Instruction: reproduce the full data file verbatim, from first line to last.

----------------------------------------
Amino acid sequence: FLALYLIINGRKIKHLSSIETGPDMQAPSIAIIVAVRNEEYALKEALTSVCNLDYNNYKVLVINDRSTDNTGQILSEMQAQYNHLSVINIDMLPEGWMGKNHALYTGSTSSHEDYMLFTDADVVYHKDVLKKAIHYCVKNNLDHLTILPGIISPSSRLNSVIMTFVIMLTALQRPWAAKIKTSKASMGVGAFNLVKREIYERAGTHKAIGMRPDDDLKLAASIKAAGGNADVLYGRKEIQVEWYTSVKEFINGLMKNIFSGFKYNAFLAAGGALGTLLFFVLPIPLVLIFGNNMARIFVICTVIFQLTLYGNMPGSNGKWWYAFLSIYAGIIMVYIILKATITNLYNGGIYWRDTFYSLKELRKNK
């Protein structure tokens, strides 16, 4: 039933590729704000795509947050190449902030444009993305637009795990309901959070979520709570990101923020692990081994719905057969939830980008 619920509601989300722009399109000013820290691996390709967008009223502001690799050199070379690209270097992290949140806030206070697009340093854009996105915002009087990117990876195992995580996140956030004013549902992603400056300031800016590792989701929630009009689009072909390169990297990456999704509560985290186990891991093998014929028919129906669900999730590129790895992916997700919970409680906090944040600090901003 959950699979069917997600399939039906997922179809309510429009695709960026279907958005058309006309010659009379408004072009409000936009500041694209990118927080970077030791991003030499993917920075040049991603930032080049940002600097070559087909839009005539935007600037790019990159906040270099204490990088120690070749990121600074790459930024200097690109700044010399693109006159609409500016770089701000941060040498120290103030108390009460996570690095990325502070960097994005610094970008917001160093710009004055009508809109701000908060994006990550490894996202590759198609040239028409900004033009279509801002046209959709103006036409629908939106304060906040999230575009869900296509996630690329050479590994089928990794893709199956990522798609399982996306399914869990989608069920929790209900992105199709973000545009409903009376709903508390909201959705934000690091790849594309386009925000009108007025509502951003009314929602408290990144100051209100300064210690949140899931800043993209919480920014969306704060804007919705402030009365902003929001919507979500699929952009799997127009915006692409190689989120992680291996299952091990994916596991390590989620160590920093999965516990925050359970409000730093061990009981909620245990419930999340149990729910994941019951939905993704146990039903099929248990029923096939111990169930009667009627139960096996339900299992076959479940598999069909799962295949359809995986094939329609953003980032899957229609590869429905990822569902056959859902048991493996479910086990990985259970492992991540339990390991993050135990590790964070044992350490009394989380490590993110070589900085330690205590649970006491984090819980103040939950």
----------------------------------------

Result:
Amino acid sequence: FLALYLIINGRKIKHLSSIETGPDMQAPSIAIIVAVRNEEYALKEALTSVCNLDYNNYKVLVINDRSTDNTGQILSEMQAQYNHLSVINIDMLPEGWMGKNHALYTGSTSSHEDYMLFTDADVVYHKDVLKKAIHYCVKNNLDHLTILPGIISPSSRLNSVIMTFVIMLTALQRPWAAKIKTSKASMGVGAFNLVKREIYERAGTHKAIGMRPDDDLKLAASIKAAGGNADVLYGRKEIQVEWYTSVKEFINGLMKNIFSGFKYNAFLAAGGALGTLLFFVLPIPLVLIFGNNMARIFVICTVIFQLTLYGNMPGSNGKWWYAFLSIYAGIIMVYIILKATITNLYNGGIYWRDTFYSLKELRKNK
């Protein structure tokens, strides 16, 4: 039933590729704000795509947050190449902030444009993305637009795990309901959070979520709570990101923020692990081994719905057969939830980008 619920509601989300722009399109000013820290691996390709967008009223502001690799050199070379690209270097992290949140806030206070697009340093854009996105915002009087990117990876195992995580996140956030004013549902992603400056300031800016590792989701929630009009689009072909390169990297990456999704509560985290186990891991093998014929028919129906669900999730590129790895992916997700919970409680906090944040600090901003 959950699979069917997600399939039906997922179809309510429009695709960026279907958005058309006309010659009379408004072009409000936009500041694209990118927080970077030791991003030499993917920075040049991603930032080049940002600097070559087909839009005539935007600037790019990159906040270099204490990088120690070749990121600074790459930024200097690109700044010399693109006159609409500016770089701000941060040498120290103030108390009460996570690095990325502070960097994005610094970008917001160093710009004055009508809109701000908060994006990550490894996202590759198609040239028409900004033009279509801002046209959709103006036409629908939106304060906040999230575009869900296509996630690329050479590994089928990794893709199956990522798609399982996306399914869990989608069920929790209900992105199709973000545009409903009376709903508390909201959705934000690091790849594309386009925000009108007025509502951003009314929602408290990144100051209100300064210690949140899931800043993209919480920014969306704060804007919705402030009365902003929001919507979500699929952009799997127009915006692409190689989120992680291996299952091990994916596991390590989620160590920093999965516990925050359970409000730093061990009981909620245990419930999340149990729910994941019951939905993704146990039903099929248990029923096939111990169930009667009627139960096996339900299992076959479940598999069909799962295949359809995986094939329609953003980032899957229609590869429905990822569902056959859902048991493996479910086990990985259970492992991540339990390991993050135990590790964070044992350490009394989380490590993110070589900085330690205590649970006491984090819980103040939950």